Cathy Glass is about to publish Hidden, her second book based on her experience of fostering troubled children. She tells Janet Snell how children’s services could be improved
What made you go into fostering?
I saw an advertisement in the local paper saying that foster families were desperately needed, and I wondered whether I had what it took. I went to an introductory evening and never looked back.
Have you ever regretted the decision?
No. Although I have doubted my skills as a foster carer and questioned whether I was getting it right.
When did you decide to write about your experience as a foster carer?
Six months after Jodie* had left me. She was the child whose story I recounted in Damaged, and she was the most disturbed and abused child I had ever looked after. Writing about her was cathartic.
Are you a critic or fan of social workers?
Neither and both. Like most foster carers, I have worked with excellent social workers who were so conscientious that they were regularly up until midnight catching up on report writing. I have also worked with social workers who didn’t even meet the basic statutory requirements regarding the children in their care.
Social workers feature in your next work, Hidden. Do they come out of it better or worse than in the last book?
Better. The social worker allocated to Tayo,* the boy in Hidden, was excellent, although the guardian ad litum left something to be desired!
If you were a director of children’s services what changes would you make to the system?
Oh dear! How long do I have? Bring all the case files together into one place five files in five different locations will not give an overall picture. And précis the files so the information is accessible – they should use a software system that reduces rather than increases work. And retain and increase admin staff to help with paperwork.
They ought to pressurise the powers-that-be for more funding. The Children Act 2004 cannot be fully implemented without it.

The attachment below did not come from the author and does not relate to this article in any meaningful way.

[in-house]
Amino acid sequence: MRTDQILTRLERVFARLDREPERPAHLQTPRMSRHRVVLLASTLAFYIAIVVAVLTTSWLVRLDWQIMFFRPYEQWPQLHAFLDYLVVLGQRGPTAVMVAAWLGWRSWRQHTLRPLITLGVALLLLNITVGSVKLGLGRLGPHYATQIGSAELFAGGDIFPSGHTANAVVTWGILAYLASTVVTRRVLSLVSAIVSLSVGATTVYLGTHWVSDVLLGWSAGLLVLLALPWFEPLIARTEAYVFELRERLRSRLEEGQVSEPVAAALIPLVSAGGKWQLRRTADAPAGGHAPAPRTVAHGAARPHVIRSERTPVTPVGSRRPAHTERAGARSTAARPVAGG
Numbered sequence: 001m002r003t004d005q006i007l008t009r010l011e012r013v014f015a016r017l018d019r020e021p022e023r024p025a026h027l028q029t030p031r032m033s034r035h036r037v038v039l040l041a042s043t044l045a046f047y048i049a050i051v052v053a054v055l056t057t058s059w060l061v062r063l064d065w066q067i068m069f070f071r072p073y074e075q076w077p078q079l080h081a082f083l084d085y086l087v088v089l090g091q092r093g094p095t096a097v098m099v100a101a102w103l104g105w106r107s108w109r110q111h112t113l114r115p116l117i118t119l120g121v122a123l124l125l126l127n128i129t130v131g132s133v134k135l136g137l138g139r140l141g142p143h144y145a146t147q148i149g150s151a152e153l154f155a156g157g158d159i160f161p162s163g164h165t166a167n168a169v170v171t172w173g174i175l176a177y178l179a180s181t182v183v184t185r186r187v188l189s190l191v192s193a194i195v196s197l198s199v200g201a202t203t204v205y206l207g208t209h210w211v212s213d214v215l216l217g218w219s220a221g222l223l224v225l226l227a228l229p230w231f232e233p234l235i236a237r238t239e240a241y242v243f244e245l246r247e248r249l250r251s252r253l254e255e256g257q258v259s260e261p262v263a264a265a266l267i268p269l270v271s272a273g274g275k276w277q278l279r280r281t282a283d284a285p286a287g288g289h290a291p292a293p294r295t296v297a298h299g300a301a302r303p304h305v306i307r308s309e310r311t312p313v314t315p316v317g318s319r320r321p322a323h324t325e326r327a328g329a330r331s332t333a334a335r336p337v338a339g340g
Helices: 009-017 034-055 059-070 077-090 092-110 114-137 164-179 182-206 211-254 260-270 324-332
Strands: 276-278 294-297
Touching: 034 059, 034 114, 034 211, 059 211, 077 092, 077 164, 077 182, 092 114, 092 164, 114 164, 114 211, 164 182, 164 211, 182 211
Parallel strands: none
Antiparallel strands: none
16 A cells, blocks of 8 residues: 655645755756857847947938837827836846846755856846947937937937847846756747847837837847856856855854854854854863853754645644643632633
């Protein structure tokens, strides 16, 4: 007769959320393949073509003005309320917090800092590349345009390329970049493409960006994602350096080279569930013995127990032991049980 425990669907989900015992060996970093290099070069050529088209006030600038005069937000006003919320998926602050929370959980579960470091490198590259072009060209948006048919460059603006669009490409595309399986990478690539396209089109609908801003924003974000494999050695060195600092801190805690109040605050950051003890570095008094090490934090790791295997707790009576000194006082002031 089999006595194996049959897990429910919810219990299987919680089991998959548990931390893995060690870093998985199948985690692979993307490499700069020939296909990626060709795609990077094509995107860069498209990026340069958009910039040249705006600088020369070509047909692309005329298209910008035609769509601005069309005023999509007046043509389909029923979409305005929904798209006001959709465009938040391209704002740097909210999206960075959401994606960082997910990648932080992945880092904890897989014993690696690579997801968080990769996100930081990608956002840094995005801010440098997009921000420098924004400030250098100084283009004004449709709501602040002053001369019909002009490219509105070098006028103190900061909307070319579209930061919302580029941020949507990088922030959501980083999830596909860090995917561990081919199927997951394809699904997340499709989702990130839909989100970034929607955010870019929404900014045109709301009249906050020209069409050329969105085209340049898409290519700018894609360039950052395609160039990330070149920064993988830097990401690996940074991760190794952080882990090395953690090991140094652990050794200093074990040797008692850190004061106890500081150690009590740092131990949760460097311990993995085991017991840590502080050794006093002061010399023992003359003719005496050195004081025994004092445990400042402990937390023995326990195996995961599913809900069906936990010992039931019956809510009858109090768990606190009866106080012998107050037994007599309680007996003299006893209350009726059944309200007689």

If concerns are raised about a child and the parents aren’t in when the social worker visits or the child isn’t there, make a return visit asap. And talk to the child alone. It’s obvious but it doesn’t always happen.
Ensure that all foster carers have access to e-mail at home and use it to update professionals on the child(ren) in their care.
Educate social workers (particularly men) on basic dress code. It is not OK to arrive at a meeting in washed-out jeans, open-toed sandals and a creased shirt, looking as though you’ve just fallen out of bed.
If you were a front-line social worker how would you challenge the system and make a difference?
Write a book, exposing the ridiculously heavy workload and lack of funding. It seems to me that most of the problems stem from too many cases and too little time.
What do you think of claims by John Hemming MP that adoption targets are turning staff into “babysnatchers”?
Rubbish, although the concept of having such targets has never sat happily with me. In response to a recent (inflammatory) Daily Mail article which supported John Hemming’s view I wrote: In over 20 years of fostering I have yet to meet a natural parent who didn’t feel that their children had been taken into care unjustly, and that they were in no way to blame. Even the most abused and neglected children – think of Jodie in Damaged – have “innocent” parents who are angry with the social worker and the system. Since Damaged I have received many letters and e-mails from adults who were abused as children and bitterly wished they had been removed from their parents sooner.
What are you working on at the moment?
I am working with a child who was left too long in a highly abusive and dysfunctional family. I’m also working on another book which tells the story of a child I looked after when I first started fostering. It was before the Children Act, and I hope to show that, overall, the system has improved.
* Not their real names